Bringing you the "Good News" of Jesus Christ and His Church While PROMOTING CATHOLIC Apologetic Support groups loyal to the Holy Father and Church's magisterium
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Calvin LeMaire wrote:

Hi, guys —

  • How do you become an Apologist for the Catholic Church and how do you make a living?



  { How do you become a Catholic Apologist for the Church and how do you make a living? }

Mary Ann replied:

Dear Calvin,

Being an apologist is more of an interest or calling, not a job. Every Catholic should be able to give reasons for his faith (1 Peter 3:15), and we should all learn what we need to do to give good answers for questions about our faith. Some people, by education or reading, are prepared to answer questions, in depth:

  • with historical background
  • with theological precision, or
  • with approaches that appeal to certain groups.

We do this, not to make a living; we are all volunteers. Most catechists in the Church are volunteers, but some are (DRE's) Directors of Religious Education, and they make a modest living through the parish in which they work.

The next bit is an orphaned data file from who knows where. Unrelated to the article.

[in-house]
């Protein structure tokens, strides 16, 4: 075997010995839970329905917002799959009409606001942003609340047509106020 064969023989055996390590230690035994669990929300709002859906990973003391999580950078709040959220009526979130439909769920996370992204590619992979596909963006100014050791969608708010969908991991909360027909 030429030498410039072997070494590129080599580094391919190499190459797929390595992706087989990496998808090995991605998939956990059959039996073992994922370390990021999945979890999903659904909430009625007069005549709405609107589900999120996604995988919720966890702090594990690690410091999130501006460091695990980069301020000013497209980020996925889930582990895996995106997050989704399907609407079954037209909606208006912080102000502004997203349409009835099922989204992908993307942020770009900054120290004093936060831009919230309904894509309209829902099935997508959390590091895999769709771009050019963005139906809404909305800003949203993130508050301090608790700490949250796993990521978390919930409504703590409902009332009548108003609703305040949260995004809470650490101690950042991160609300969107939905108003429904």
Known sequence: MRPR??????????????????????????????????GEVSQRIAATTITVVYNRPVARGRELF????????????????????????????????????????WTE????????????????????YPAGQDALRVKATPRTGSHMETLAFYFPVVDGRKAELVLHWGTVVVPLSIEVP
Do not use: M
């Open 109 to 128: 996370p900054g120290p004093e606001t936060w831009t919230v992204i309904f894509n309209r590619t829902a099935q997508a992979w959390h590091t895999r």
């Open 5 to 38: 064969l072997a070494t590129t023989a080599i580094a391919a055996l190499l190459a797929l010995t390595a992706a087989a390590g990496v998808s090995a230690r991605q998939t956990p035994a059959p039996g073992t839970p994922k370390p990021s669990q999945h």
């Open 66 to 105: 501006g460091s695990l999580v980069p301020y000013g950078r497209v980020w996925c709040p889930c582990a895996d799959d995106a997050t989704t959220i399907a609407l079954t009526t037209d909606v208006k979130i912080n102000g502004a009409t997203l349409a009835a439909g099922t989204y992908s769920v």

Mary Ann

Mike replied:

Hi, Calvin —

Thanks for the question.

As Mary Ann said, being a Catholic Apologist, (Someone who gives good reasons to become a Catholic), is a calling and a vocation.

One would never consider doing what we do, if they didn't have a knowledge and an appreciation for our divine Catholic faith and our Christian heritage that dates back to 33 A.D. and prior.

Sadly, many families, due to poor parental upbringing and poor parish education have never been taught the basic doctrines of the Catholic faith, let alone the finer points of doctrine.

Nevertheless, if one has the desire and the interest, there is nothing stopping them from being a Catholic Apologist. At a bare minimum, it requires:

  • a good knowledge of Church teaching according to the Magisterium of the Church
  • a good knowledge of the Scriptures